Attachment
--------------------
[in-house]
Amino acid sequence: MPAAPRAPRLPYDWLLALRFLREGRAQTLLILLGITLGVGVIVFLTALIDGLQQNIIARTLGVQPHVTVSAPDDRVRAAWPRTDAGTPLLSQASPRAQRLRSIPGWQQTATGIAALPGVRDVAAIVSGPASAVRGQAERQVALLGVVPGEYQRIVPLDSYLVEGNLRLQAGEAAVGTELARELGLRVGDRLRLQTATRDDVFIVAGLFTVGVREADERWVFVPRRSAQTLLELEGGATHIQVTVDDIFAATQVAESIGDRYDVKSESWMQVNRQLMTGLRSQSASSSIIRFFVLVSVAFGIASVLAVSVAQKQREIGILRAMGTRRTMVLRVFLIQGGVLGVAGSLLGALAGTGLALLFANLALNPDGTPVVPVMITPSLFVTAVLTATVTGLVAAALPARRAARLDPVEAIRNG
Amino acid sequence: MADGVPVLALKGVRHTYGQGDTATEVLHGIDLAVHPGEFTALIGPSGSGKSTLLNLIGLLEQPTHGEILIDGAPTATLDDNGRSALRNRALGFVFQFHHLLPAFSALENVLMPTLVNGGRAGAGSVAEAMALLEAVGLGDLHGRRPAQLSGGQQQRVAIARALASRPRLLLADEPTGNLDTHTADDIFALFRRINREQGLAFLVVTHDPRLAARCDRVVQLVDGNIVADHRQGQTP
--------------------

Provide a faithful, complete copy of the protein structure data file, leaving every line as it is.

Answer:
[in-house]
Amino acid sequence: MPAAPRAPRLPYDWLLALRFLREGRAQTLLILLGITLGVGVIVFLTALIDGLQQNIIARTLGVQPHVTVSAPDDRVRAAWPRTDAGTPLLSQASPRAQRLRSIPGWQQTATGIAALPGVRDVAAIVSGPASAVRGQAERQVALLGVVPGEYQRIVPLDSYLVEGNLRLQAGEAAVGTELARELGLRVGDRLRLQTATRDDVFIVAGLFTVGVREADERWVFVPRRSAQTLLELEGGATHIQVTVDDIFAATQVAESIGDRYDVKSESWMQVNRQLMTGLRSQSASSSIIRFFVLVSVAFGIASVLAVSVAQKQREIGILRAMGTRRTMVLRVFLIQGGVLGVAGSLLGALAGTGLALLFANLALNPDGTPVVPVMITPSLFVTAVLTATVTGLVAAALPARRAARLDPVEAIRNG
Amino acid sequence: MADGVPVLALKGVRHTYGQGDTATEVLHGIDLAVHPGEFTALIGPSGSGKSTLLNLIGLLEQPTHGEILIDGAPTATLDDNGRSALRNRALGFVFQFHHLLPAFSALENVLMPTLVNGGRAGAGSVAEAMALLEAVGLGDLHGRRPAQLSGGQQQRVAIARALASRPRLLLADEPTGNLDTHTADDIFALFRRINREQGLAFLVVTHDPRLAARCDRVVQLVDGNIVADHRQGQTP